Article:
Thursday, August 13, 2009

Suffering and the Sovereignty of God edited by John Piper and Justin Taylor

This week Crossway is highlighting Suffering and the Sovereignty of God edited by John Piper and Justin Taylor. The quotes below remind me of the maxim of Gregory of Nazianzus, "The unassumed is the unhealed."

Why does suffering exist? How does it advance the mission of the church? How does God’s grace enter suffering? What is the role of hope when things look utterly hopeless?

Suffering and the Sovereignty of God is written to the white-robed army of martyrs “…until the number of their fellow servants and their brothers should be complete.” Editors John Piper and Justin Taylor along with a number of contributors deal with the issue of human suffering as it relates to God’s sovereignty.


Here’s a taste of what you’ll find:

“But when God chooses to overcome our rebellion and Satan’s resistance, nothing can stop him. And when God overcomes him and us, we repent and Satan’s power is broken. Here it is in 2 Timothy 2:24-26.” (Piper, 28).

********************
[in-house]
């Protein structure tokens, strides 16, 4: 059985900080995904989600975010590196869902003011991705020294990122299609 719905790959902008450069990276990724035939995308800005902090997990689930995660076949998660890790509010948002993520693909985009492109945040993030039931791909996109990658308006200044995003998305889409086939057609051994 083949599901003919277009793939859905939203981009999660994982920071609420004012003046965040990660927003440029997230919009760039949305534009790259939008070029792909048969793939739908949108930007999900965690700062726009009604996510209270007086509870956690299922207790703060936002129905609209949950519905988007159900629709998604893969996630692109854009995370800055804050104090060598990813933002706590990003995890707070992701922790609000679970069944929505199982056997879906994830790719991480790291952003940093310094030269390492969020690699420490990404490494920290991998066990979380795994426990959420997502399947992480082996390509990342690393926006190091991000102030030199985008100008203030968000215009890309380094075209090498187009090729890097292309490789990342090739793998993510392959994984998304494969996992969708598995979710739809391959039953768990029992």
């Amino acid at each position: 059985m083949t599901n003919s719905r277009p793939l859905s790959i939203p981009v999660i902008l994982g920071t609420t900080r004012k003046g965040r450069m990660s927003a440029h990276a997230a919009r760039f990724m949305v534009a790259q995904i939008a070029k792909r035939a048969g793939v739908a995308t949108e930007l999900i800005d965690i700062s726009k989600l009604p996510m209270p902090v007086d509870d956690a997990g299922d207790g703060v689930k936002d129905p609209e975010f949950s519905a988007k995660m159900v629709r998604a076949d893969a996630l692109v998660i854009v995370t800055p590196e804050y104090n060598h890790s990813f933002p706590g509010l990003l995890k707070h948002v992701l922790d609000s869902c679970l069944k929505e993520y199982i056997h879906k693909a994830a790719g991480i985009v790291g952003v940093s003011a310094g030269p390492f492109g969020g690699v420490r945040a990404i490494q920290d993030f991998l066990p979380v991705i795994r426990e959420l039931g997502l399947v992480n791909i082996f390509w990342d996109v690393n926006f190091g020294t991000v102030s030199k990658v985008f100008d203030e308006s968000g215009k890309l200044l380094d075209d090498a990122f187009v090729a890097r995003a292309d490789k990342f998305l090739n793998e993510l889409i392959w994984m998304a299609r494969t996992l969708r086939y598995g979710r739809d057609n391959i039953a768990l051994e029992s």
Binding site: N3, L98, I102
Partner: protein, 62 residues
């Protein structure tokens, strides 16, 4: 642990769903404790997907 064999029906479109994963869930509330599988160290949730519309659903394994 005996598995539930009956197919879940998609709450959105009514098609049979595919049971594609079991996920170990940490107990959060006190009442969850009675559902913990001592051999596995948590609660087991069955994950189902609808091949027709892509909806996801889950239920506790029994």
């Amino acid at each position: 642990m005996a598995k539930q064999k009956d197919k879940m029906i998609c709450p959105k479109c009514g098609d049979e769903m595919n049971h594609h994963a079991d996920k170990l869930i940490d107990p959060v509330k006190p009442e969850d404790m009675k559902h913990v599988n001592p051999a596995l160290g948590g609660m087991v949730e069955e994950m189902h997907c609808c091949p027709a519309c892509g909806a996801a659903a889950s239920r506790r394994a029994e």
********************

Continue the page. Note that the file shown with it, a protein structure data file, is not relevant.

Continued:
“The mystery of why God has ordained the evils he has is as deep as the mystery of the evils in our hearts. And just as only God can plumb the depths of our hearts, so only God knows how the hurts we do to each other and to ourselves figure into his loving cure of us who shelter ourselves under the blood and righteousness of his Son.” (Talbot, 77).

“In the life and death of Jesus Christ, suffering finds its ultimate purpose and ultimate explanation: suffering exists so God might display the greatness of the glory of the grace of God by suffering in himself to overcome our suffering. Everything—everything—that Christ accomplished for us sinners he accomplished by suffering. Everything we will ever enjoy will come to us because of suffering.” (Piper, 87).

“If we are going to emulate our Savior, we have to identify with the people to whom we take his good news. I don’t advocate that we look for suffering; life brings enough on its own. But what I do advocate is that suffering is an important prerequisite to ministering to hurting people. Christ took on our likeness and subjected himself to the suffering that plagues us.” (Saint, 121).

“So often the initial reaction to painful suffering is Why me? If all that God promises only comes true, then why not me?” (Powlison, 172-173).

“Our fears, anger, doubts, and everything else we feel in our pain don’t make God nervous or uncomfortable with us. God still loves us, and he is still for us.” (Shramek, 189).